In light of this controversy, it is important to note that Kernberg adds to his observation a qualification: “This is not to say that such changes in the patterns of intimacy [and of object relations in general] could not occur over a period of sev­eral generations, if and when changes in cultural patterns affect family structure to such an extent that the earliest development in childhood would be influenced.” This is exactly what I will argue in chapter VII.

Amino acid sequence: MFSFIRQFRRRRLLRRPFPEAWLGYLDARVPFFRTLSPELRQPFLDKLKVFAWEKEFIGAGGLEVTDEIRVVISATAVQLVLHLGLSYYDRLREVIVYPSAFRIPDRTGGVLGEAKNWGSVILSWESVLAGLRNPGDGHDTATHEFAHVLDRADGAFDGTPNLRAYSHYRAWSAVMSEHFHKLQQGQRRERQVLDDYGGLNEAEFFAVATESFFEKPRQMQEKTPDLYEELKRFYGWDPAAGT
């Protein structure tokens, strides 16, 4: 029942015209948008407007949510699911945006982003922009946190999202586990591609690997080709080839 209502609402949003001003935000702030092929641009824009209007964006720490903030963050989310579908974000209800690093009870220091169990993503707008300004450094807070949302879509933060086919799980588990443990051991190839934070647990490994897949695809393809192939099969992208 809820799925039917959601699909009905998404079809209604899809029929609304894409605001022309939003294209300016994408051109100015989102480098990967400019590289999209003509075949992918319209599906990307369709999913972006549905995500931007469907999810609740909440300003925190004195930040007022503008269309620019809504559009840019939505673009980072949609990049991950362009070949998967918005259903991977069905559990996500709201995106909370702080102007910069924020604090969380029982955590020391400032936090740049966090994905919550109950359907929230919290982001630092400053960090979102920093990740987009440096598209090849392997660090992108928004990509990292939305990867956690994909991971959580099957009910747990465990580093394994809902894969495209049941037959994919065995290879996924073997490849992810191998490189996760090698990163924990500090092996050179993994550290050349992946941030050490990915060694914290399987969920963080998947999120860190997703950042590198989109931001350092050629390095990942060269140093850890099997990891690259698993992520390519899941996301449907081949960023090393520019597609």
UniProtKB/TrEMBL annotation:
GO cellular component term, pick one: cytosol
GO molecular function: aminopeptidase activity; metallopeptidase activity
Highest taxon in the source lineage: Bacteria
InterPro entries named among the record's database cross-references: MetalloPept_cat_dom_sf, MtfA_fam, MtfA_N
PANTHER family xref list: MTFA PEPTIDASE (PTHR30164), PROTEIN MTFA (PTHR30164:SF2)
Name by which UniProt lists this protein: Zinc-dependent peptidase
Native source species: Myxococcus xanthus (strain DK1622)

In the clinical literature, narcissism serves as more than a metaphoric term for self-absorption. As a psychic formation in which “love rejected turns back to the self as hatred,” narcissism has come to be recognized as an important element in the so-called character disorders that have absorbed much of the clinical atten­tion once given to hysteria and obsessional neuroses. A new theory of narcissism has developed, grounded in Freud’s well-known essay on the subject (which treats narcissism—libidinal in­vestment of the self—as a necessary precondition of object love) but devoted not to primary narcissism but to secondary or patho­logical narcissism: the incorporation of grandiose object images as a defense against anxiety and guilt. Both types of narcissism blur the boundaries between the self and the world of objects, but there is an important difference between them. The newborn in­fant—the primary narcissist—does not yet perceive his mother as having an existence separate from his own, and he therefore mis­takes dependence on the mother, who satisfies his needs as soon as they arise, with his own omnipotence. “It takes several weeks of postnatal development . . . before the infant perceives that the source of his need . . . is within and the source of gratification is outside the self.”